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Dynamically send WCF endpoint in Silverlight

, 17 May 2011 CPOL
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Silverlight webservice references get harcoded in ServiceReference.ClientConfig. The URLs get set to your development servers. But when you deploy live, the URLs don't match. Here's a way to dynamically change the URL of the service based on which website the Silverlight app is loaded from.
When you add a WCF service reference to a Silverlight Application, it generates the ServiceReference.ClientConfig file where the URL of the WCF endpoint is defined. When you add the WCF service reference on a development computer, the endpoint URL is on localhost. But when you deploy the Silverlight client and the WCF service on a production server, the endpoint URL no longer is on localhost instead on some domain. As a result, the Silverlight application fails to call the WCF services. You have to manually change the endpoint URL on the Silverlight config file to match the production URL before deploying live. Now if you are deploying the Silverlight application and the server side WCF service as a distributable application where customer install the service themselves on their own domain then you don’t know what will be the production URL. As a result, you can’t rely on the ServiceReference.ClientConfig. You have to dynamically find out on which domain the Silverlight application is running and what will be the endpoint URL of the WCF service. Here I will show you an approach to dynamically decide the endpoint URL.
 
First you add a typical service reference and generate a ServiceReference.ClientConfig that looks like this:
 
<configuration>
    <system.serviceModel>
        <bindings>
            <basicHttpBinding>
                <binding name="BasicHttpBinding_ProxyService" maxBufferSize="2147483647"
                    maxReceivedMessageSize="2147483647">
                    <security mode="None" />
                </binding>
                <binding name="BasicHttpBinding_WidgetService" maxBufferSize="2147483647"
                    maxReceivedMessageSize="2147483647">
                    <security mode="None" />
                </binding>
            </basicHttpBinding>
        </bindings>
        <client>
            <endpoint address="http://localhost:8000/Dropthings/API/Proxy.svc/pox"
                binding="basicHttpBinding" bindingConfiguration="BasicHttpBinding_ProxyService"
                contract="DropthingsProxy.ProxyService" name="BasicHttpBinding_ProxyService" />
            <endpoint address="http://localhost:8000/Dropthings/API/Widget.svc/pox"
                binding="basicHttpBinding" bindingConfiguration="BasicHttpBinding_WidgetService"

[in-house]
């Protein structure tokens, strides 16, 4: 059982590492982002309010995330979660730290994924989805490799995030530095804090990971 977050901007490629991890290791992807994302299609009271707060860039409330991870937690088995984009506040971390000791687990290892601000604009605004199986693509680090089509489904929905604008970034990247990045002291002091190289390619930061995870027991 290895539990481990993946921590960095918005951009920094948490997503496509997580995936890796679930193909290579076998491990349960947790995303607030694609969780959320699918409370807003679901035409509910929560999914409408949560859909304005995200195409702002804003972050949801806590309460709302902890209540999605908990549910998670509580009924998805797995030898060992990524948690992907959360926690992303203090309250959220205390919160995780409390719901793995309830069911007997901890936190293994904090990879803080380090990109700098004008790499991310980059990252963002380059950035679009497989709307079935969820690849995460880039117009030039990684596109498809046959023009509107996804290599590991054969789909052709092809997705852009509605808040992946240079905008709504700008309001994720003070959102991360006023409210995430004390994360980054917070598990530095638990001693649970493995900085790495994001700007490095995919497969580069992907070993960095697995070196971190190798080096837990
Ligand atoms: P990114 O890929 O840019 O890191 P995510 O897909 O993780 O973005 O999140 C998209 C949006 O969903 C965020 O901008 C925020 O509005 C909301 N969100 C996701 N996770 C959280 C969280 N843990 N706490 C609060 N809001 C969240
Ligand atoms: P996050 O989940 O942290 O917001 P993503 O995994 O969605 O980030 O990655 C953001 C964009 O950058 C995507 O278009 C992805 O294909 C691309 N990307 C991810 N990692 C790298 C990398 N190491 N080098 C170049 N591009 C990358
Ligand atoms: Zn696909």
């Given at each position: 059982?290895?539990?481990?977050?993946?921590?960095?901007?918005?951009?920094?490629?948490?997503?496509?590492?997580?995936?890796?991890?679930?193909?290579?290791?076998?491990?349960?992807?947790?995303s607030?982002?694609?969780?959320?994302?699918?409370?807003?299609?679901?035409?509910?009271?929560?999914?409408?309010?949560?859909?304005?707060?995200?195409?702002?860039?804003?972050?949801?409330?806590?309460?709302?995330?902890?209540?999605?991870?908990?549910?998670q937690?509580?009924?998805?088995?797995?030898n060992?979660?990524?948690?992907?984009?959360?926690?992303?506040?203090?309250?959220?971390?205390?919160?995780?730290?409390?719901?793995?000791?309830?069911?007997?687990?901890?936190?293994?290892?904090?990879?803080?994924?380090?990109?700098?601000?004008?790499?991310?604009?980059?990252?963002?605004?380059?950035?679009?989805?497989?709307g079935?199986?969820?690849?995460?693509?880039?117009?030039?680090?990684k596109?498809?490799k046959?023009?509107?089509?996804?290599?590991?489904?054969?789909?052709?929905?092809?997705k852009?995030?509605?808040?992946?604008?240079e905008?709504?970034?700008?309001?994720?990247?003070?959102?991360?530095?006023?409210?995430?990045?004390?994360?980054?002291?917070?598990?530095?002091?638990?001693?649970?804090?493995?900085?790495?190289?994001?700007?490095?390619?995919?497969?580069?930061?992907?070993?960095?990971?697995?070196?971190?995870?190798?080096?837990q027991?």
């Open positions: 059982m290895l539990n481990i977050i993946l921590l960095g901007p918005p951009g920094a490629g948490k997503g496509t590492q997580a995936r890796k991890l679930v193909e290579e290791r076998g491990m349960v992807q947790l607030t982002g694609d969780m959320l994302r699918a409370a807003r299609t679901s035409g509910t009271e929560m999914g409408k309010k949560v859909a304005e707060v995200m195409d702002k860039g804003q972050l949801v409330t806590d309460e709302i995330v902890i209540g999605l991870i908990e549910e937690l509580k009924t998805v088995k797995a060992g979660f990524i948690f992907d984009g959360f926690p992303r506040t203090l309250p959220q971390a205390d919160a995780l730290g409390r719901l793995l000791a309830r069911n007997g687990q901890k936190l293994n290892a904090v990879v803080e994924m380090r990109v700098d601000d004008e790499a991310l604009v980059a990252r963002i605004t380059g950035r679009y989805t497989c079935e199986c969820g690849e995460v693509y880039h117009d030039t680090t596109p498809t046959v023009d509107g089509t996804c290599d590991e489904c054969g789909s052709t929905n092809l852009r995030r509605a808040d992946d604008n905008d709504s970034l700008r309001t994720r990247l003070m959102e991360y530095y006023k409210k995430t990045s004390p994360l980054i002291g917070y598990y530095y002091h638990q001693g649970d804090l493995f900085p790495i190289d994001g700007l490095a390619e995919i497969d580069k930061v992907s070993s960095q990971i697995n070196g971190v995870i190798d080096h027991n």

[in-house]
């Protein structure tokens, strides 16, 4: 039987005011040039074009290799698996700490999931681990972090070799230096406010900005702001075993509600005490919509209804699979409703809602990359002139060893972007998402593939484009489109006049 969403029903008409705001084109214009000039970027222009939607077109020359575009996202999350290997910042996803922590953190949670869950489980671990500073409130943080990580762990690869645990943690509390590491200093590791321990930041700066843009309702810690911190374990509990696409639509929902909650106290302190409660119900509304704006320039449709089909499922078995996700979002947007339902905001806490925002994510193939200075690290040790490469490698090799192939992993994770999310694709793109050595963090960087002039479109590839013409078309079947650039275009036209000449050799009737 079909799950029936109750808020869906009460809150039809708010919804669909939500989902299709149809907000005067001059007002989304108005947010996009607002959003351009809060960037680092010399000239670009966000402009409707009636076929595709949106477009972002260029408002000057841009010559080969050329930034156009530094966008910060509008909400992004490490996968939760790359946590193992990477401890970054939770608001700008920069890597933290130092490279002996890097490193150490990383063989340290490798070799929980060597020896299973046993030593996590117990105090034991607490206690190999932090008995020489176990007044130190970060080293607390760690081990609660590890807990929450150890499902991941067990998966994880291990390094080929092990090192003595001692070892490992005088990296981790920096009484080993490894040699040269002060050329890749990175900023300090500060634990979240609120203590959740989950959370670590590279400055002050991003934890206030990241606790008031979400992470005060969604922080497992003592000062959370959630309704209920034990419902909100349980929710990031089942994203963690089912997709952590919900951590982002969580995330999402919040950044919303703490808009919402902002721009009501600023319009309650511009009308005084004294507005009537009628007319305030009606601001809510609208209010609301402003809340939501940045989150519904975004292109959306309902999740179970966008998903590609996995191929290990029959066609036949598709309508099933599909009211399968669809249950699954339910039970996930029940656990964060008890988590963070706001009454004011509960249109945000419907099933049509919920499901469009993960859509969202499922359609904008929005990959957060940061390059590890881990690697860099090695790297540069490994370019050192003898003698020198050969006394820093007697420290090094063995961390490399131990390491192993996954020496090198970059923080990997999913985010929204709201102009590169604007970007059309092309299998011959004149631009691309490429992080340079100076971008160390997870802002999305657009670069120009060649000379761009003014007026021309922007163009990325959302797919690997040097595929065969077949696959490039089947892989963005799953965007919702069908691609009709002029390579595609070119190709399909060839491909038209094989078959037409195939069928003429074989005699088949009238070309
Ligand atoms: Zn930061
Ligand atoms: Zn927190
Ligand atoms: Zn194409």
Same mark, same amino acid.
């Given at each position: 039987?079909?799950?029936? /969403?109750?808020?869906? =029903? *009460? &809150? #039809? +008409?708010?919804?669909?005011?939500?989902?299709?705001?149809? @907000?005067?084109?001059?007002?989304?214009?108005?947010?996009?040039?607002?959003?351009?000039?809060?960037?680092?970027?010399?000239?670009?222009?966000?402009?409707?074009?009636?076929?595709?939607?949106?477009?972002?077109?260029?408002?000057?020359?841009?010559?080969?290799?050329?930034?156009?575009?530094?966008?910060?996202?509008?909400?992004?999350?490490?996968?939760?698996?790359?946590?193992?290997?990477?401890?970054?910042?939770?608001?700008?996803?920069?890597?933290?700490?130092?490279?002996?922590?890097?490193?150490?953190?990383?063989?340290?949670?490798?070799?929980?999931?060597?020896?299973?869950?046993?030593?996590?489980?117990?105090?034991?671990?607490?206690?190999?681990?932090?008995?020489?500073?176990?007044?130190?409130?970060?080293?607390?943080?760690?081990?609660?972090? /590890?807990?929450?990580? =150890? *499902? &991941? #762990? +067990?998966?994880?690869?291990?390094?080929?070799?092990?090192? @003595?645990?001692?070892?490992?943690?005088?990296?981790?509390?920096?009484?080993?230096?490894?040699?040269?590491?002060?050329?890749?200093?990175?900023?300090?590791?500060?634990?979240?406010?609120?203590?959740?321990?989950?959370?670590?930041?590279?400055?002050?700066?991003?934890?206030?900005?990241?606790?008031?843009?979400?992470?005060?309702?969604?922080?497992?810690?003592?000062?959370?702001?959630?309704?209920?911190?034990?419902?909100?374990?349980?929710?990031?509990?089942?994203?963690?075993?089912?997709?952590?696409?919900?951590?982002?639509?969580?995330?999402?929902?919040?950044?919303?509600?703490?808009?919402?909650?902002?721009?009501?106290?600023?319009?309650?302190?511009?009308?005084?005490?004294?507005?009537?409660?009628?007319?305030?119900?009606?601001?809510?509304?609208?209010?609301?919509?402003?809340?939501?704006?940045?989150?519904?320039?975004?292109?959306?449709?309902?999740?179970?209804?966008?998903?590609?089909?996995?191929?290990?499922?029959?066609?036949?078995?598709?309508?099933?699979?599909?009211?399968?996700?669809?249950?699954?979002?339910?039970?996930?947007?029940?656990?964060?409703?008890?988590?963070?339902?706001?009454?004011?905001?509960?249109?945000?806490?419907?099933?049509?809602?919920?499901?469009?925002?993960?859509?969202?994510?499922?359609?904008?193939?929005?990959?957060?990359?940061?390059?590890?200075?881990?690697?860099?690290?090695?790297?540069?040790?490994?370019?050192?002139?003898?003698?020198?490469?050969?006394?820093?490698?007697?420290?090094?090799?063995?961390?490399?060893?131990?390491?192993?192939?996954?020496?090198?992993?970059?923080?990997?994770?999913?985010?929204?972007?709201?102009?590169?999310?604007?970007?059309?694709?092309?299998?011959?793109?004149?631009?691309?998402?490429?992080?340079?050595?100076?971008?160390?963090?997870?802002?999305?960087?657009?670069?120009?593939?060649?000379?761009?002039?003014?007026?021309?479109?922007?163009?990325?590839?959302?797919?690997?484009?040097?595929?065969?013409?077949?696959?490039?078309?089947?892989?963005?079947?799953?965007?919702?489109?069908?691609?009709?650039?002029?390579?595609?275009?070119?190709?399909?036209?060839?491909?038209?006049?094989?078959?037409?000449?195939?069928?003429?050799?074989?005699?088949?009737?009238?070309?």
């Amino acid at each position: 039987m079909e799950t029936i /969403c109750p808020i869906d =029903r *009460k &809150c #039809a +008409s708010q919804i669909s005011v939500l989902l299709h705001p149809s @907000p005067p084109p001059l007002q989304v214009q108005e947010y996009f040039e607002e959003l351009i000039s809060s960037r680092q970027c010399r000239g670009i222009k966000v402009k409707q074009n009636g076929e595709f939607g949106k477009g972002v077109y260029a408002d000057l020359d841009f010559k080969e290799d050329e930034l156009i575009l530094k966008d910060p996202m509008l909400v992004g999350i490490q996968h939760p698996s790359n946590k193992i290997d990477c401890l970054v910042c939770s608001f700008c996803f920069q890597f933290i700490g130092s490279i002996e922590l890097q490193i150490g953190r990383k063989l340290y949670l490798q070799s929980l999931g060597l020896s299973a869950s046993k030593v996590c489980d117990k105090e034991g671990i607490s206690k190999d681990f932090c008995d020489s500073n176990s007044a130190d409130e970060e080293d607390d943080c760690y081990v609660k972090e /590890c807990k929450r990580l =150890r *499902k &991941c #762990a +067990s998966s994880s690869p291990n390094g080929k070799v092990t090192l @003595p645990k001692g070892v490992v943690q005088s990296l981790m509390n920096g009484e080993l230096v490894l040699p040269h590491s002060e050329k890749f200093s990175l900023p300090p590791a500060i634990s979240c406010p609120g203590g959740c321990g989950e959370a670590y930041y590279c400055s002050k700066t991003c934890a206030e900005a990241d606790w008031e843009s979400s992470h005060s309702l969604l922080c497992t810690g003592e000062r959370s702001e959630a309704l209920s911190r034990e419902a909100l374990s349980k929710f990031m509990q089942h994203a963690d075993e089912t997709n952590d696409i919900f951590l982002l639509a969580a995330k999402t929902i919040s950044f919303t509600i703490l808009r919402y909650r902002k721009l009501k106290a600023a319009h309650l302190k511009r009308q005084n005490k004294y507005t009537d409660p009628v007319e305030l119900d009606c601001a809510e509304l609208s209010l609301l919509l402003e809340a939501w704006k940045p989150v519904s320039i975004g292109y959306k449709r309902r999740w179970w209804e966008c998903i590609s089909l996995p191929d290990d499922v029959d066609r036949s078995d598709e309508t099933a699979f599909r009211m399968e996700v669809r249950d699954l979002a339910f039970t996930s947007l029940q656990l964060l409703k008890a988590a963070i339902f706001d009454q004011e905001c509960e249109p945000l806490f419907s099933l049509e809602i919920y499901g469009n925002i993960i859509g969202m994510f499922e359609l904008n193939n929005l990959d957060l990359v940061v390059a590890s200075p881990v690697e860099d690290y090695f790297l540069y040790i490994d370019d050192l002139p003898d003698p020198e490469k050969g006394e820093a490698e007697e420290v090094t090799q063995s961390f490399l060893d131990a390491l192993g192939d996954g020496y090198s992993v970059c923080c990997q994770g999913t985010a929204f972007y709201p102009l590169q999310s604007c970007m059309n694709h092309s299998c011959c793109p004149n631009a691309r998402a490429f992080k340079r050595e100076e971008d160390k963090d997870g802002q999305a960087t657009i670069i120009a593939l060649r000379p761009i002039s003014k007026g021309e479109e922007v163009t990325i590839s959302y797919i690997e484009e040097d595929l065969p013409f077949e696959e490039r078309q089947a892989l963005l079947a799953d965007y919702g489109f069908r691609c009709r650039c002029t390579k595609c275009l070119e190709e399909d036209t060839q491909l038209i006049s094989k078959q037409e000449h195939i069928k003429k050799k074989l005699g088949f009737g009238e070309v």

contract="DropthingsWidgetService.WidgetService" name="BasicHttpBinding_WidgetService" />
        </client>
    </system.serviceModel>
</configuration>
As you see, all the URL are pointing to localhost, on my development environment. The Silverlight application now need to dynamically decide what URL the Silverlight app is running from and then resolve the endpoint URL dynamically.
 
I do this by creating a helper class that checks the URL of the Silverlight application and then decides what’s going to be the URL of the endpoint.
 
public class DynamicEndpointHelper
{
    // Put the development server site URL including the trailing slash
    // This should be same as what's set in the Dropthings web project's
    // properties as the URL of the site in development server
    private const string BaseUrl = "http://localhost:8000/Dropthings/";
 
    public static string ResolveEndpointUrl(string endpointUrl, string xapPath)
    {
        string baseUrl = xapPath.Substring(0, xapPath.IndexOf("ClientBin"));
        string relativeEndpointUrl = endpointUrl.Substring(BaseUrl.Length);
        string dynamicEndpointUrl = baseUrl + relativeEndpointUrl;
        return dynamicEndpointUrl;
    }
}
In the Silverlight app, I construct the Service Client this way:
 
private DropthingsProxy.ProxyServiceClient GetProxyService()
{
    DropthingsProxy.ProxyServiceClient service = new DropthingsProxy.ProxyServiceClient();
    service.Endpoint.Address = new EndpointAddress(
        DynamicEndpointHelper.ResolveEndpointUrl(service.Endpoint.Address.Uri.ToString(),
        App.Current.Host.Source.ToString()));
    return service;
}
 
After creating the service client with default setting, it changes the endpoint URL to the currently running website’s URL. This solution works when the WCF services are exposed from the same web application. If you have the WCF services hosted on a different domain and you are making cross domain calls to the WCF service then this will not work. In that case, you will have to find out what’s the domain of the WCF service and then use that instead of localhost.

License

This article, along with any associated source code and files, is licensed under The Code Project Open License (CPOL)

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About the Author

Omar Al Zabir
Architect BT, UK (ex British Telecom)
United Kingdom United Kingdom

Comments and Discussions

 
GeneralMy vote of 5 PinmemberMember 157851126-Apr-13 12:11 
GeneralVery good PinmemberArni Senthil16-Mar-12 6:35 

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